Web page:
Trillian log sequencing: demystified?

One way to view Trillian is as a database with an append-only Merkle tree. That Merkle tree is managed by a separate component called a log signer. It runs in a dedicated process that basically merges pending leaves that have yet to be incorporated into the Merkle tree. This part of the log signer is structured as a sequencing job that runs periodically. I spent a few hours learning more about the details and thought shared knowledge is better.

Problem definition and overview

Trillian’s log signer comes with a whole bunch of configuration options that are spread across several different files. Some of these options are more difficult to grasp than others, such as num_sequencers , sequencer_interval , and batch_size. I don’t mean difficult as in understanding that there may be several sequencers t hat run periodically, but rather what that actually means in terms of concurrency and how much can be sequenced per time unit.

The short answer is as follows:

  1. Regardless of how many sequencers you configure there will be no concurrent sequencing of a particular Merkle tree. The number of sequencers is only relevant if there are multiple Merkle trees.

In other words, to avoid building up a large backlog you need to consider how often the sequencer runs and how much work it is willing to do every time. The longer answer is detailed below, and it includes a little bit of additional context regarding what you may (not) do with these three parameters. For example, the sequencer job is most reliable if it runs often over small batches.

Log signer

The most central part of the log signer is probably its forever loop. For reference it is implemented by Trillian’s operation manager, see the OperationLoop function. In a nutshell, the log signer wakes up, performs some jobs, and goes back to sleep. Pretty much a busy working day!

Coordination

Before proceeding you need to know that a log signer may manage multiple different Merkle trees. It might sound odd at first, but hopefully less so if you think about the existence of transparency applications that use temporal sharding: the split of one transparency log into multiple smaller ones so that the leaves are grouped by, say, yearly relevance like 2020 and 2021. This allows parts of the log to be retired as soon as they are no longer needed. You can also run multiple different log signers to avoid single points of failure. At most one log signer is responsible for a particular Merkle tree at a time though. This requires coordination, which is one part of the forever loop.

Sequencing

The other part is log sequencing. After waking up once per interval as defined by the configured sequencer_interval , the log signer takes a pass over all Merkle trees that it manages. A sequencing job is scheduled for each Merkle tree that the log signer is currently the master for. It is determined by an election protocol which is used for coordination in the case of multiple log signers, otherwise master is assumed as there is nothing to coordinate. Next, these jobs are distributed to a number of concurrent sequencers that work on different Merkle trees. This means that there is no concurrency whatsoever when a particular Merkle tree is being sequenced. Moreover, what is selected for sequencing is deterministic based on Trillian’s internal timestamp order and the number of leaves that the sequencer is willing to process per job.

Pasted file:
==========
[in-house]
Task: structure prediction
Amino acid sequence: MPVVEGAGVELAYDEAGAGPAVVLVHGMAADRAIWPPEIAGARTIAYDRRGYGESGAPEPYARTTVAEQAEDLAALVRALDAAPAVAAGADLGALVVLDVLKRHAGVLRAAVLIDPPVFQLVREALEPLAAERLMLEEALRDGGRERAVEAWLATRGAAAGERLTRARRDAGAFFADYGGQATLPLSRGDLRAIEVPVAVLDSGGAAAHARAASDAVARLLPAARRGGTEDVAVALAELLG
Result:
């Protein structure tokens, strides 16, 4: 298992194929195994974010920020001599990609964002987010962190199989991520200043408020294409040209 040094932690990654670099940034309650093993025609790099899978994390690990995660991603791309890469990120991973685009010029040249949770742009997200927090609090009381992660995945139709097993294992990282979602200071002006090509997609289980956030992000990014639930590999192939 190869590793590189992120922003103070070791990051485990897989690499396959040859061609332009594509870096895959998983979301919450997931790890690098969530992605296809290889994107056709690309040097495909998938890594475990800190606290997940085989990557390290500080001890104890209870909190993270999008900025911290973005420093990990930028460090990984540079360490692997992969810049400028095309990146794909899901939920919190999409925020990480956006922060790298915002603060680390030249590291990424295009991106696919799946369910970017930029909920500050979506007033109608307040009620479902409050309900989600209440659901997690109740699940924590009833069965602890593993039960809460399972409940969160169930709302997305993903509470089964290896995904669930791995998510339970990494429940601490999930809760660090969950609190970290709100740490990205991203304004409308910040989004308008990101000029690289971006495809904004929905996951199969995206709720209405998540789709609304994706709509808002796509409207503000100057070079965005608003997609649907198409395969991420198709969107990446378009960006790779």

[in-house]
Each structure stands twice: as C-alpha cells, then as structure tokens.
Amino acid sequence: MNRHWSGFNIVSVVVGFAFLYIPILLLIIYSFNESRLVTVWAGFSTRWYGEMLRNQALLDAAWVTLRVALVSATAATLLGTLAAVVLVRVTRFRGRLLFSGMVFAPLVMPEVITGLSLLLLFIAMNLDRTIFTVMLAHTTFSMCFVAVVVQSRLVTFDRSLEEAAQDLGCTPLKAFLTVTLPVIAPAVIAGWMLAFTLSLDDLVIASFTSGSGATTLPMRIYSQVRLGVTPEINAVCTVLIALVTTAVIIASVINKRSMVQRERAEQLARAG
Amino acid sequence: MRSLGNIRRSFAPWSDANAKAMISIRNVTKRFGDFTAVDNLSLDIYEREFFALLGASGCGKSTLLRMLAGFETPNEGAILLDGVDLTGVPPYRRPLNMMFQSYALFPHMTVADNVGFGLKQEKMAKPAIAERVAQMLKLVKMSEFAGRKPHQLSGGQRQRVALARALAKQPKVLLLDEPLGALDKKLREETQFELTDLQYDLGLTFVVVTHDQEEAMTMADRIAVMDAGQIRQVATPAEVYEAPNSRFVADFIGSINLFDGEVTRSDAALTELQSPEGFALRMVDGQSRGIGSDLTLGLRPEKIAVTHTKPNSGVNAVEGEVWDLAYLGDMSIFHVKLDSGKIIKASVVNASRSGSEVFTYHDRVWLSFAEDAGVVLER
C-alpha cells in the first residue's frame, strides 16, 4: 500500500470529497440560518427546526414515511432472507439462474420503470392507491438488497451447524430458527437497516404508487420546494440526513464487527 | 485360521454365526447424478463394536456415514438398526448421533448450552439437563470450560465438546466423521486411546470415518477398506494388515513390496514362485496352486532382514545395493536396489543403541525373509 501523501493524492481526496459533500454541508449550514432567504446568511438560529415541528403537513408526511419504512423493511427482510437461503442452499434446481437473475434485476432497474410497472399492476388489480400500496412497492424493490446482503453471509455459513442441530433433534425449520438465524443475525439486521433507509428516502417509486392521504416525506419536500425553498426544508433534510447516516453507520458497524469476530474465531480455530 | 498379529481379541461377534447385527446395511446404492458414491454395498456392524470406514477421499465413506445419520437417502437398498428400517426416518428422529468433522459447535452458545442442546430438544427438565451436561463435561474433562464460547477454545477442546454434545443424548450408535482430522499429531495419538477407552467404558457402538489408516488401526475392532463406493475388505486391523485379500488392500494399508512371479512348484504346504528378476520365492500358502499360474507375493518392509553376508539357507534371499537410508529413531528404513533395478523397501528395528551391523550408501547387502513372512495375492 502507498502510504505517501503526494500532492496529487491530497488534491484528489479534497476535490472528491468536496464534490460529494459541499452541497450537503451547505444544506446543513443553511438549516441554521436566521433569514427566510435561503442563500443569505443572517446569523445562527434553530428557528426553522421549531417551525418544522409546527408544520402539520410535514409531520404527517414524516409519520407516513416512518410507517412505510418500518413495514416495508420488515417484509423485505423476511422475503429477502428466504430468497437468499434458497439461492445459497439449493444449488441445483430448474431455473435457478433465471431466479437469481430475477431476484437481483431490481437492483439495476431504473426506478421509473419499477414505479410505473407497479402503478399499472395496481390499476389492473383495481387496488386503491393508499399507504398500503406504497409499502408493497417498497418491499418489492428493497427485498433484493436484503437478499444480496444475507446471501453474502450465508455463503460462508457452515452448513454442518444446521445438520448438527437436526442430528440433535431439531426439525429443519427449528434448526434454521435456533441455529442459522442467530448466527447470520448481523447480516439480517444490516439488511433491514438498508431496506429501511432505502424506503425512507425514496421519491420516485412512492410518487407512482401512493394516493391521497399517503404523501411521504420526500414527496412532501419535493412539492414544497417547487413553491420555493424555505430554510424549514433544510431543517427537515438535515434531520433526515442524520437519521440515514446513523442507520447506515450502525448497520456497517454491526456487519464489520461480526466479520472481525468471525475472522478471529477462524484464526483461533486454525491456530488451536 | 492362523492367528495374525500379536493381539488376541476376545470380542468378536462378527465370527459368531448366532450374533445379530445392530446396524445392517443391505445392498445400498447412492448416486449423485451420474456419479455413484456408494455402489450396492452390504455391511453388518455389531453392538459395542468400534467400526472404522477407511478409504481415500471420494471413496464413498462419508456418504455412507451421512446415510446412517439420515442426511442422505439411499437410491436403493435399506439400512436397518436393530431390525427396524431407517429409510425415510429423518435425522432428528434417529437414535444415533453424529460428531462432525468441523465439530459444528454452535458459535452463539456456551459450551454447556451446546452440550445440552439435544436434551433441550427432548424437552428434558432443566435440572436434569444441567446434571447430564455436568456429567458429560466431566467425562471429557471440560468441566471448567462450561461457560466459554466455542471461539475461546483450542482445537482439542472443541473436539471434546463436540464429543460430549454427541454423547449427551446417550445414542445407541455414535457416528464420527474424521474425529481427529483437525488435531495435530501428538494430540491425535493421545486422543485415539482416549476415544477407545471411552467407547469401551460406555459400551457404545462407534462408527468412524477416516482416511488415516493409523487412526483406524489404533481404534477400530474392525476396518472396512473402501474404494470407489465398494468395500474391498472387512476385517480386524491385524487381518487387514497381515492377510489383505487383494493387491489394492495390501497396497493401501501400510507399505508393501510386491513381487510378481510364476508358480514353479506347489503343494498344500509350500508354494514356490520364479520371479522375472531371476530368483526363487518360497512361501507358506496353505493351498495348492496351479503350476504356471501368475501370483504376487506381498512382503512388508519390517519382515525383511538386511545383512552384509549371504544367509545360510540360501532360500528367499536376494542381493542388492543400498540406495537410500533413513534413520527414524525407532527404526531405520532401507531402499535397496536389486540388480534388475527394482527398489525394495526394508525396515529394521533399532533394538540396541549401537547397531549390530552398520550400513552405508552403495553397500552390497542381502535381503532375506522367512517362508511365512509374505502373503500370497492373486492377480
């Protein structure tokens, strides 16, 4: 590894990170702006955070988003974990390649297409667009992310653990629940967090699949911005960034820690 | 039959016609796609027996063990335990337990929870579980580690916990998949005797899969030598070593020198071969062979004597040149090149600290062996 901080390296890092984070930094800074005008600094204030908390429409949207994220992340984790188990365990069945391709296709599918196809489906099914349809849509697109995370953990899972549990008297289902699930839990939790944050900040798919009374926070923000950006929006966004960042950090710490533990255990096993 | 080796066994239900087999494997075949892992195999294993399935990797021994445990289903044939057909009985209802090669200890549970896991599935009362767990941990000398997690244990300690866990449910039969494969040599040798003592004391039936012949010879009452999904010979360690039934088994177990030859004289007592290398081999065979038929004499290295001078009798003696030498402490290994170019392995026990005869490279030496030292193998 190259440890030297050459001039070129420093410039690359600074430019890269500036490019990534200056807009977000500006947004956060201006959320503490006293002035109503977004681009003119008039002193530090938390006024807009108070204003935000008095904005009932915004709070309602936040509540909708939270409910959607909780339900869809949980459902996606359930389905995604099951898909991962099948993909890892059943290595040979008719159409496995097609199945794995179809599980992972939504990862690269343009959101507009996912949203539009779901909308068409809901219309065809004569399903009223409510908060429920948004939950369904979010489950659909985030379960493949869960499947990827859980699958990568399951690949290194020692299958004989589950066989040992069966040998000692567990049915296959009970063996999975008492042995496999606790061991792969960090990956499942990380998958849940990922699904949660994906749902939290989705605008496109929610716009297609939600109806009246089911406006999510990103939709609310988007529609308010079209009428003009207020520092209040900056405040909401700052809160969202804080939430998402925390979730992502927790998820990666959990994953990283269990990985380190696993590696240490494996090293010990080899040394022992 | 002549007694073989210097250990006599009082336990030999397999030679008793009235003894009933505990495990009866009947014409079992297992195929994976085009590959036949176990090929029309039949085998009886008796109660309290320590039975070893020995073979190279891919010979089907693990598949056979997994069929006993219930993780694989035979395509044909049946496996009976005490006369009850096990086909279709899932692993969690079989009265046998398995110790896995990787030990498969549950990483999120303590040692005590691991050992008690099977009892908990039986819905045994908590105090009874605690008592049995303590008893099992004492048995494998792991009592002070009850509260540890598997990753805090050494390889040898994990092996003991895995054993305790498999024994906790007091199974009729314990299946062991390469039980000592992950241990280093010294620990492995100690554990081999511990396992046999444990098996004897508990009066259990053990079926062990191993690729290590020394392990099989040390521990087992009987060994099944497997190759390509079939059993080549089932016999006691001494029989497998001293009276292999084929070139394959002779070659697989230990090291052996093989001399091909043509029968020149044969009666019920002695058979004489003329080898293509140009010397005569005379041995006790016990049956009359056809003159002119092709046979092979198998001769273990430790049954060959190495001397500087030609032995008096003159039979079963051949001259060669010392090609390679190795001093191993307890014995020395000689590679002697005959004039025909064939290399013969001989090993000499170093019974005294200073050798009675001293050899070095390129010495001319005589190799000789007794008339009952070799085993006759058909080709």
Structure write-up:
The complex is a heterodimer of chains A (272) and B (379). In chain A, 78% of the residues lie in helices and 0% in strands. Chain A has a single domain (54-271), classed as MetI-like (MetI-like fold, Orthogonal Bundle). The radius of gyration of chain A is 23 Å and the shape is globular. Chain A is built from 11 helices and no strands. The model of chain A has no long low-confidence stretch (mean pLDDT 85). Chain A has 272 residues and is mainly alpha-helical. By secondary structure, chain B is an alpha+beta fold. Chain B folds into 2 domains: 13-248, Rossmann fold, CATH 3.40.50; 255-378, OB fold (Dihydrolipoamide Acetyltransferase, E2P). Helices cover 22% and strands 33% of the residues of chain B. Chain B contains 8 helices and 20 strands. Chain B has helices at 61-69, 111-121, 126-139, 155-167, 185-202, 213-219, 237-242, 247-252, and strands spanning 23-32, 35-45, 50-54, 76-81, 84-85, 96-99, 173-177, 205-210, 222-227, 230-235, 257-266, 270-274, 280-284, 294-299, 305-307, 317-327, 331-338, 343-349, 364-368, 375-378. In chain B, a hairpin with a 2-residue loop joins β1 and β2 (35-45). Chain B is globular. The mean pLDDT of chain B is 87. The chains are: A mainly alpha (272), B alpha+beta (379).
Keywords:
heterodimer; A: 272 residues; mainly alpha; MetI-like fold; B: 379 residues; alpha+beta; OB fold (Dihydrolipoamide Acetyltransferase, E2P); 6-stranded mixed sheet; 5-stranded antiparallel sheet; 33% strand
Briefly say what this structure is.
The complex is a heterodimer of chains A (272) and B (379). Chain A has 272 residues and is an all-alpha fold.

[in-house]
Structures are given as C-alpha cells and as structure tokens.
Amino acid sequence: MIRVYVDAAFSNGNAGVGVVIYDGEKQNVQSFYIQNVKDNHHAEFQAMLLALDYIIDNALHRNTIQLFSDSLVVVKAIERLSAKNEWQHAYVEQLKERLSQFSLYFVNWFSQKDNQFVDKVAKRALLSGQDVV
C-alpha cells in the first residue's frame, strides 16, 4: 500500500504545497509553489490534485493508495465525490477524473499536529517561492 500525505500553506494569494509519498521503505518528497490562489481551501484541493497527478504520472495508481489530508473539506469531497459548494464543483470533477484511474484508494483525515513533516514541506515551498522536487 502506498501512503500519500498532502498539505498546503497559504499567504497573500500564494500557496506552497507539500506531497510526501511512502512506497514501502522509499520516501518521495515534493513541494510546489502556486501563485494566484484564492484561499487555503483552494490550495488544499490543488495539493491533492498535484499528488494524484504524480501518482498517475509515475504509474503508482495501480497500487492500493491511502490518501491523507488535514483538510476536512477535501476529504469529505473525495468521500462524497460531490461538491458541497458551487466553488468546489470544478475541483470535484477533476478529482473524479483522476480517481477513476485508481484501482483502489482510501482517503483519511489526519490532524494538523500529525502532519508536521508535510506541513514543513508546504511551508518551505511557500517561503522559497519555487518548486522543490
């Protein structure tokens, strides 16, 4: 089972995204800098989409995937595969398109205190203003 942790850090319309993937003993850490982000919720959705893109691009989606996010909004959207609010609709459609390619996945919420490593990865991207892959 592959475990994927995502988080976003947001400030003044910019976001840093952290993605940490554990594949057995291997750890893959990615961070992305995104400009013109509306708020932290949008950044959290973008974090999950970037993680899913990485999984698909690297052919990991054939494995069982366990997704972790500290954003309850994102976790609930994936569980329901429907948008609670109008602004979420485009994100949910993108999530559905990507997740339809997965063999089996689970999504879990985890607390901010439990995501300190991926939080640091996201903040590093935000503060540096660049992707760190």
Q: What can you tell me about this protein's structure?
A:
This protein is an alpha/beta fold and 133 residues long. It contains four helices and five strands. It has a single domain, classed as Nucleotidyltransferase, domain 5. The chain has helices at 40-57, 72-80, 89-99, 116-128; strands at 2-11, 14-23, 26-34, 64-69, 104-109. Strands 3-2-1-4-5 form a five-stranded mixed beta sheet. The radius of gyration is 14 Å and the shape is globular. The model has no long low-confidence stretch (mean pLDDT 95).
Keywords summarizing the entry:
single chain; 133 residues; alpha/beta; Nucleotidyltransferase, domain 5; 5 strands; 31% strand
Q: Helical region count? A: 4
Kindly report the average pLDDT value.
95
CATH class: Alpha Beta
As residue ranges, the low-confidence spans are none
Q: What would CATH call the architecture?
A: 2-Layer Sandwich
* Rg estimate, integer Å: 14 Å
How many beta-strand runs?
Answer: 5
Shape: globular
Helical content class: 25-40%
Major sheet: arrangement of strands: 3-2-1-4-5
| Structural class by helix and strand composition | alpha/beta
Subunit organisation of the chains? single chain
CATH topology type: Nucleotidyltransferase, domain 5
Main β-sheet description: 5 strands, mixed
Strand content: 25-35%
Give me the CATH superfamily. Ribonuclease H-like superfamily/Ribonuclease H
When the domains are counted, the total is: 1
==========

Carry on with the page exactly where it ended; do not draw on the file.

In other words, there is no point setting num_sequencers higher than the number of Merkle trees that you manage. You may set it lower, in which case at least one sequencer will move on to a different sequencing job (and thus a different Merkle tree) once it is done. Now it is also evident that the configured sequencer_interval and batch_size determines an upper bound for the number of writes per time unit. It is an upper bound because your hardware might not be capable of handling, say, 10k writes per second.

Concluding remarks

When I noticed the sequencer_interval parameter I wondered if it could be used to configure a tree head frequency, such that the Trillian front-end personality would only see a fixed number of updates per time interval. For example, you might want that because the second version of Certificate Transparency requires control over it and some gossip-audit models assume it. If not supported by the Trillian back-end, the front-end personality has to take on the role. While it is trivial in the case of a single personality instance (e.g., pick a tree head every hour), it might require some additional coordination if there are multiple concurrent instances running. So, it would be convenient if the already coordinated log signer could enforce a tree head frequency.

In theory it is of course possible to set the sequencer interval and batch size to accommodate both a frequency and an upper bound for writes per second. In practice it is apparently recommended to use short intervals and batch sizes of up to 1000 leaves. This recommendation involves quite a bit of nuance, and relates to things like which back-end is used for the underlying database. If tree head frequencies are generally useful it might land as a back-end feature at some point. For now, it is better enforced by the front-end personality.

Acknowledgments

This story is sponsored by my System Transparency employment at Mullvad VPN. Martin Hutchinson and Pavel Kalinnikov provided valuable insights as part of a conversation in the Trillian slack. Mistakes, if any, are my own.

PhD student at Karlstad University, Sweden. Into things like transparency logging, the web’s public-key infrastructure, and privacy-enhancing technologies.

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